How to Find Out if Someone Has a Warrant?
Imagine driving to the store with your family and ending up in jail for something as inconsequential as an unpaid parking ticket. It could happen to you – as it does to many people across the country who have open arrest warrants on their records.
If the prospect of getting arrested while running errands on an ordinary day is alarming, so is the number of open arrest warrants in the U.S., which some investigations of public records estimate at two million.
Are Warrants Public Records?
Warrants aren’t just for dangerous criminals, they are public records and part of the process of the legal system.
What Is a Warrant?
A warrant is a way for police and judges to broadcast the need for an individual who is suspected of breaking the law to be brought to justice, like “wanted” posters of the old days.
There are many ways to end up with a warrant for your arrest. That’s why it’s important to find out about warrants before they are executed so that the police aren’t arresting you in front of your family, at your place of business, or when you’re sitting in a restaurant. In addition, many states suspend other privileges, such as professional license renewals, or driver’s license renewals, until the warrant is cleared up.
Many jurisdictions are backing away from the most controversial type of warrant: a no-knock warrant. This sort of unannounced police raid has received increased scrutiny in recent years when they’ve backfired on authorities, including charging into homes when children are having birthday parties, when police have the wrong address, or when the information about evidence is wrong. While these sorts of warrants were intended to capture only the most dangerous sort of criminal (thus justifying the element of surprise) many, including the Council on Criminal Justice, say they’ve been overused and damaged the reputation of law enforcement.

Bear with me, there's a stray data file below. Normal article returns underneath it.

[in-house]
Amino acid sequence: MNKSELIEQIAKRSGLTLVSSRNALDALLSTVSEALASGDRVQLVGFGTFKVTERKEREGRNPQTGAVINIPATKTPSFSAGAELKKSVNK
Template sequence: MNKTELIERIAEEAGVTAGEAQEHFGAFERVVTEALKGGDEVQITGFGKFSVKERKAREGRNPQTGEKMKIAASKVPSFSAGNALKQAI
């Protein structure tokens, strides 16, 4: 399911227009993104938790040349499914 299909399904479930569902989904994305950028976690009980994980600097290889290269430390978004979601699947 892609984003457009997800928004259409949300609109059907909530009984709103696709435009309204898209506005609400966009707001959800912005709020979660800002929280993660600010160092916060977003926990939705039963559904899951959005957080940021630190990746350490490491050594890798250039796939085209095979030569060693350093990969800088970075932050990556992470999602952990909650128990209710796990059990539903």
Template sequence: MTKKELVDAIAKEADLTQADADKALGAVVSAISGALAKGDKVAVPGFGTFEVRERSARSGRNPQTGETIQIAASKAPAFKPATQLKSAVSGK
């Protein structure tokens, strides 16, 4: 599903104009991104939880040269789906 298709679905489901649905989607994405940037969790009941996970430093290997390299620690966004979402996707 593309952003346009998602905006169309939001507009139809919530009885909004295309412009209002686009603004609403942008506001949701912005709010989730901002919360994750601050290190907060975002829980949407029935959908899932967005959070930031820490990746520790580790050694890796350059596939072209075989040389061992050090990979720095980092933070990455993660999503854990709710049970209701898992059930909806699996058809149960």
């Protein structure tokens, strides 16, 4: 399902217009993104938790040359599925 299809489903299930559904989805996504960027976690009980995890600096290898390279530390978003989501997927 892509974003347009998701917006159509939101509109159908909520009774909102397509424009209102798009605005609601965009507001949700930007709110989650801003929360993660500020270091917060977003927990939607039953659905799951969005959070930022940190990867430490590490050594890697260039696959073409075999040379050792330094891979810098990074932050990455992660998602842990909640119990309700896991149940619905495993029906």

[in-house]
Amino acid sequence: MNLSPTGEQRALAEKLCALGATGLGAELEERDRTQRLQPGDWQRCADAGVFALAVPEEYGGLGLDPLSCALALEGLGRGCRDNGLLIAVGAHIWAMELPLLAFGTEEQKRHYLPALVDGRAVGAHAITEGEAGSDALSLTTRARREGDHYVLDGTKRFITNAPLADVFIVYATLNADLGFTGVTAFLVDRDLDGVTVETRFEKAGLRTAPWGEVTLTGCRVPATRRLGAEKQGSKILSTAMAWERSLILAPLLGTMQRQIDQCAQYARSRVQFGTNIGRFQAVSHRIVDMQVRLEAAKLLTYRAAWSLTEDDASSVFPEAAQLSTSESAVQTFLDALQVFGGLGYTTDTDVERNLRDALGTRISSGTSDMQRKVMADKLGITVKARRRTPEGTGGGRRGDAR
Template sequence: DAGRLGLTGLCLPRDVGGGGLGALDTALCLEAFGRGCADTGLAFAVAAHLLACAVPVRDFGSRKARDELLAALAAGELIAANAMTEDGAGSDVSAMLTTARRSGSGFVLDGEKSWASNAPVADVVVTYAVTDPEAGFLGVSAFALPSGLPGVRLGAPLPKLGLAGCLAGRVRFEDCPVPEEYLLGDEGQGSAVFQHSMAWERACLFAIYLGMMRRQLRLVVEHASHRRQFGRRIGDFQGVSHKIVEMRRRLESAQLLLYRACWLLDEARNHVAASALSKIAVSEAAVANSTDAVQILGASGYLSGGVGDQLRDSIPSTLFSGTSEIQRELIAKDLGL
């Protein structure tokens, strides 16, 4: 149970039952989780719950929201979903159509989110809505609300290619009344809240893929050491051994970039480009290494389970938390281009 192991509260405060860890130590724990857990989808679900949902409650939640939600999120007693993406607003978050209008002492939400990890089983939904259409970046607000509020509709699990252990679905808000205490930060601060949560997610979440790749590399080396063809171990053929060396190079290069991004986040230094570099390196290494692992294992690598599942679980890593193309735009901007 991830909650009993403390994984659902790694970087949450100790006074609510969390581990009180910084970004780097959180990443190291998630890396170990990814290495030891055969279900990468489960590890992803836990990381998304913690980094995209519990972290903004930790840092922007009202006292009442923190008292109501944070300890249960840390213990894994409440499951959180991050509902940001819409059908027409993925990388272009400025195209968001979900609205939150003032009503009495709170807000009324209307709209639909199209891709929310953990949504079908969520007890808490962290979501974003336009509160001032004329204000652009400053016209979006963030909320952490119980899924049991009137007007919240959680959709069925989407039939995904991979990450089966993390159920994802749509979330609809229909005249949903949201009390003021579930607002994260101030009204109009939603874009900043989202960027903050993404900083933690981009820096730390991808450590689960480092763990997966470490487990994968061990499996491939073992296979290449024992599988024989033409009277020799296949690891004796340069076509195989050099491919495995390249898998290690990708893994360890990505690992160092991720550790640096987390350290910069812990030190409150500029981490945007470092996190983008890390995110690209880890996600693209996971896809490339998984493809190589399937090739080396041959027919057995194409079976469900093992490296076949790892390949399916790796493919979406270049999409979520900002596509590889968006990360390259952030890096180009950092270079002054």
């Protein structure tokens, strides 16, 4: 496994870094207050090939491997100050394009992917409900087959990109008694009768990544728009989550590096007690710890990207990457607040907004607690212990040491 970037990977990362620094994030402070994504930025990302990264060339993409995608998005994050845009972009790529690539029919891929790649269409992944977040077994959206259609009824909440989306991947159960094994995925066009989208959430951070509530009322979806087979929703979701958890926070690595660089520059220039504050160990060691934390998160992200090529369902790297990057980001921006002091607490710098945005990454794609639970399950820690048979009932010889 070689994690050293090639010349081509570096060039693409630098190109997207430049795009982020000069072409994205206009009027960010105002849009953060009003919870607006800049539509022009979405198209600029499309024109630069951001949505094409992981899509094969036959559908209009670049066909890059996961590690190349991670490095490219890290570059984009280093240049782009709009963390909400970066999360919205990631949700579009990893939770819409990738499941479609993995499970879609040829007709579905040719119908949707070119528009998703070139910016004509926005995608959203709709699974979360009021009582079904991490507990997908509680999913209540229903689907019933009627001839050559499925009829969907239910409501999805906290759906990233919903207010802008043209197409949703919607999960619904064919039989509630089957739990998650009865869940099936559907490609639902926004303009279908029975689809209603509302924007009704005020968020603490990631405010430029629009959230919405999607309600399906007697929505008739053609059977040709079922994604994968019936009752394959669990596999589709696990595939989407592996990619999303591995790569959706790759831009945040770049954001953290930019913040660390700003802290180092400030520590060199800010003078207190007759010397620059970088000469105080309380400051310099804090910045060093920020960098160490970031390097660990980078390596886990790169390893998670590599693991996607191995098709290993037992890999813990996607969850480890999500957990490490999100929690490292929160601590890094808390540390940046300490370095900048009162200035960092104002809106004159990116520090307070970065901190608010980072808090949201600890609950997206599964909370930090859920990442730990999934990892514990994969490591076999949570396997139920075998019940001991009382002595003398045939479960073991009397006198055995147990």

Types of Arrest Warrants Include:
- Bench warrant – this compels police to bring a person before a specific judge, usually to settle court business, such as paying a court-ordered fine, or to complete a legal process like attending a hearing or missing court date;
- Capias – this type of warrant is specific to unfinished court processes, including not showing up for scheduled hearings or complying with the court’s judgment to pay a fine or serve a sentence. Capias warrants can be applied in criminal or civil situations.
- Fugitive or Governor’s warrant – these are executed when a person has fled across state lines.
Warrants are created when a court officer (judge or magistrate) orders their staff to create one as a result of court business (when a person jumps bail, doesn’t show up for a hearing, or doesn’t comply with a judgment), or warrants may be created by police with the assistance (authority) of a court officer. The latter has very specific requirements, including an officer swearing that the evidence and information presented is valid, truthful, and complete.
Can You Go to Jail for a Warrant?
In brief, yes, you can go to jail for an outstanding warrant. A lot is left to the discretion of local authorities, and much depends on the seriousness of the charge on the warrant.